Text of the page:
PARIS (Reuters) - French state prosecutors are seeking trial for Francois Perol, chairman of France's second-biggest retail bank, BPCE, who had been under judicial investigation to determine if his nomination to head the group in 2009 represented a conflict of interest.
The French prosecutor's office, contacted by Reuters, said on Friday that Perol risks two years' imprisonment and a 30,000 euro ($37,000) fine. It is now up to an investigating judge to decide whether or not to send Perol, who worked for former President Nicolas Sarkozy before being appointed to the bank, to trial.
French law prohibits public servants being hired by companies over which they have had direct authority.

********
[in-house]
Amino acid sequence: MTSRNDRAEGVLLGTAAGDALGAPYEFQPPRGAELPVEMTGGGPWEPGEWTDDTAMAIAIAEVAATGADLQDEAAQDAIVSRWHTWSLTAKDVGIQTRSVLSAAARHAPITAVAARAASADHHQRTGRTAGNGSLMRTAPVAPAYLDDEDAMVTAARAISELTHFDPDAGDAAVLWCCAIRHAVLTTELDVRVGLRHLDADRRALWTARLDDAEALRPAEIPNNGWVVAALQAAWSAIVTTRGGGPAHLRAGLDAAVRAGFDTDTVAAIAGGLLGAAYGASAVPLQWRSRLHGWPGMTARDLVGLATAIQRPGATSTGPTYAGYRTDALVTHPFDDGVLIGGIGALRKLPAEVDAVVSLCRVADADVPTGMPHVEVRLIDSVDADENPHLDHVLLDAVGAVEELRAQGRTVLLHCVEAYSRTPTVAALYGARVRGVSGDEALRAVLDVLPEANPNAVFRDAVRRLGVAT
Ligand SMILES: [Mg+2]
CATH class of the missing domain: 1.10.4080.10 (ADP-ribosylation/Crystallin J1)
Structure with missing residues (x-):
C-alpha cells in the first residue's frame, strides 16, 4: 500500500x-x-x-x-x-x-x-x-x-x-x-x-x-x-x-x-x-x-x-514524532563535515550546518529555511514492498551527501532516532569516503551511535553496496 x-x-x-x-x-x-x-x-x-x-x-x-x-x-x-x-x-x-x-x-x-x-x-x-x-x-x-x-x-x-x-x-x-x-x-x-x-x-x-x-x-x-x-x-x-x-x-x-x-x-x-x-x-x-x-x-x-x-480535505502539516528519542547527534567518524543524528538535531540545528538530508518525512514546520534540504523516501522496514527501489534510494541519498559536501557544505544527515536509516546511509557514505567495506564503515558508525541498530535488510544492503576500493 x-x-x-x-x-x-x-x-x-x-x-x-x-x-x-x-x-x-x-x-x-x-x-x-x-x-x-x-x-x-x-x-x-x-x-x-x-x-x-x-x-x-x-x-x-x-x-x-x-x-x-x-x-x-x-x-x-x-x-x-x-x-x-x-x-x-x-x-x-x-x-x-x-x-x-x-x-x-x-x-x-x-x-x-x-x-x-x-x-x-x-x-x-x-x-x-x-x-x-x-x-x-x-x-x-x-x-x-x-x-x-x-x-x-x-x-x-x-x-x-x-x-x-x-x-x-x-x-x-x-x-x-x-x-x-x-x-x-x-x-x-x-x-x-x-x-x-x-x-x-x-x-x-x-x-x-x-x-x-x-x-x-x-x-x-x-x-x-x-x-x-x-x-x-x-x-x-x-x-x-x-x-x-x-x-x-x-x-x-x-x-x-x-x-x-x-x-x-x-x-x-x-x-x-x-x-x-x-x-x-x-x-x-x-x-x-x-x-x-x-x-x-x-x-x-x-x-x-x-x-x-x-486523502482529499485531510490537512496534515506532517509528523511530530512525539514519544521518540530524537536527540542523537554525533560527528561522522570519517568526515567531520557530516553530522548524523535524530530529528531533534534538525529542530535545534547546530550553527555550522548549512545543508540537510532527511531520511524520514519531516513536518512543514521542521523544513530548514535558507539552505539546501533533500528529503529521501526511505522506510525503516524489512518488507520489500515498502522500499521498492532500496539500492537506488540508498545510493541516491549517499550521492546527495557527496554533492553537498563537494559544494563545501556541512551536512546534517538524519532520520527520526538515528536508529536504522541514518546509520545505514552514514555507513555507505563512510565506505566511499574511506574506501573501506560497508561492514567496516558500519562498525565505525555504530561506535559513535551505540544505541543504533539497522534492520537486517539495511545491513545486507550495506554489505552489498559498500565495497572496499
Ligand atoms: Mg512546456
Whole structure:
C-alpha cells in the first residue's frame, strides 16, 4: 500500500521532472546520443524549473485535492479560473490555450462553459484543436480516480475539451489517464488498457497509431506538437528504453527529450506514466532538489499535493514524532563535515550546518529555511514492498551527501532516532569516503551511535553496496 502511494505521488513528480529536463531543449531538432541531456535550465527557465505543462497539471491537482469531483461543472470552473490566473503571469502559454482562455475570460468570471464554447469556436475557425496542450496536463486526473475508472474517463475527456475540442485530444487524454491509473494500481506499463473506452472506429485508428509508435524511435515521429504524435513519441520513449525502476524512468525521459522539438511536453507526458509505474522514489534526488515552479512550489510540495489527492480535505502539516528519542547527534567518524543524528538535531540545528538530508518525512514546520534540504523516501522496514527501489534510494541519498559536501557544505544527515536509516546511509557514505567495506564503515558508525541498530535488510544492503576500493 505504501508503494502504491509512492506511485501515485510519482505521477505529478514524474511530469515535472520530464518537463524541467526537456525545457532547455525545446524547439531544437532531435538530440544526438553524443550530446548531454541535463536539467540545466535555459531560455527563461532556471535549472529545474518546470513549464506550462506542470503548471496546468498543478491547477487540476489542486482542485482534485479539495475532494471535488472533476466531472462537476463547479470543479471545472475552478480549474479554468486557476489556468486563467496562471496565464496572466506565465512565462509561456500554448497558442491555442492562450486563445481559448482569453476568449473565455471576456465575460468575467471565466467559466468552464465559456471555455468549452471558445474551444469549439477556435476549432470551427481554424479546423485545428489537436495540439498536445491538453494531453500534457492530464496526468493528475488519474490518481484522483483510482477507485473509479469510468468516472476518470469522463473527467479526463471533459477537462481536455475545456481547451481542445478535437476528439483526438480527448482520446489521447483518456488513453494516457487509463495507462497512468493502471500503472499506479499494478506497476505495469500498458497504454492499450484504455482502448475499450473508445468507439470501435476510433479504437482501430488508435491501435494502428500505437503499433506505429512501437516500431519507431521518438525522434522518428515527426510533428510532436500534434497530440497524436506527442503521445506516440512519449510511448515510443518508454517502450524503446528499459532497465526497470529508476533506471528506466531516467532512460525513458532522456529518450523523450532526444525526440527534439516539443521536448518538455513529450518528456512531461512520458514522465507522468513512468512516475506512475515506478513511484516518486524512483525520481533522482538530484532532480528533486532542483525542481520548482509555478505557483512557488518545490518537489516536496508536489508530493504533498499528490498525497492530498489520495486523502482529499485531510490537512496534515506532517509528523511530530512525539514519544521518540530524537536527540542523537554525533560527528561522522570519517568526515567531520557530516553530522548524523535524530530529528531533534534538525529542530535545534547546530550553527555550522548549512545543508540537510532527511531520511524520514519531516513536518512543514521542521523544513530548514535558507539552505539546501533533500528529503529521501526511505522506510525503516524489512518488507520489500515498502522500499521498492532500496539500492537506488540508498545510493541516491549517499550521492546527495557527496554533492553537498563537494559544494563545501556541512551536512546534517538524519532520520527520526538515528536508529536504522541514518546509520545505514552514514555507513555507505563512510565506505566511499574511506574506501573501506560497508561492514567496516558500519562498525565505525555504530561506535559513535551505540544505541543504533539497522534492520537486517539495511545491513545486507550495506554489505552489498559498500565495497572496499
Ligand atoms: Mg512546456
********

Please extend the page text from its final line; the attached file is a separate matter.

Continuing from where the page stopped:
A lawyer for Perol, who denies any wrongdoing, declined to comment when contacted by Reuters regarding the prosecutors' trial recommendation. A BPCE spokeswoman declined to comment.
Perol, Sarkozy's former economic adviser, was appointed to head BPCE in 2009 after it was formed by a state-backed merger of regional banks Banque Populaire and Caisse d'Epargne aimed at preventing their investment banking business Natixis (CNAT.PA) from collapsing during the financial crisis.
He has faced repeated criticism from trade unions, who have said his work for the government included advising on the merger of major retail banks and that this makes him unsuitable for the role.
Perol is also currently chairman of the French Banking Federation.
(Reporting by Chine Labbe; Additional reporting by Matthias Blamont; Writing by Maya Nikolaeva; Editing by Brian Love and Pravin Char)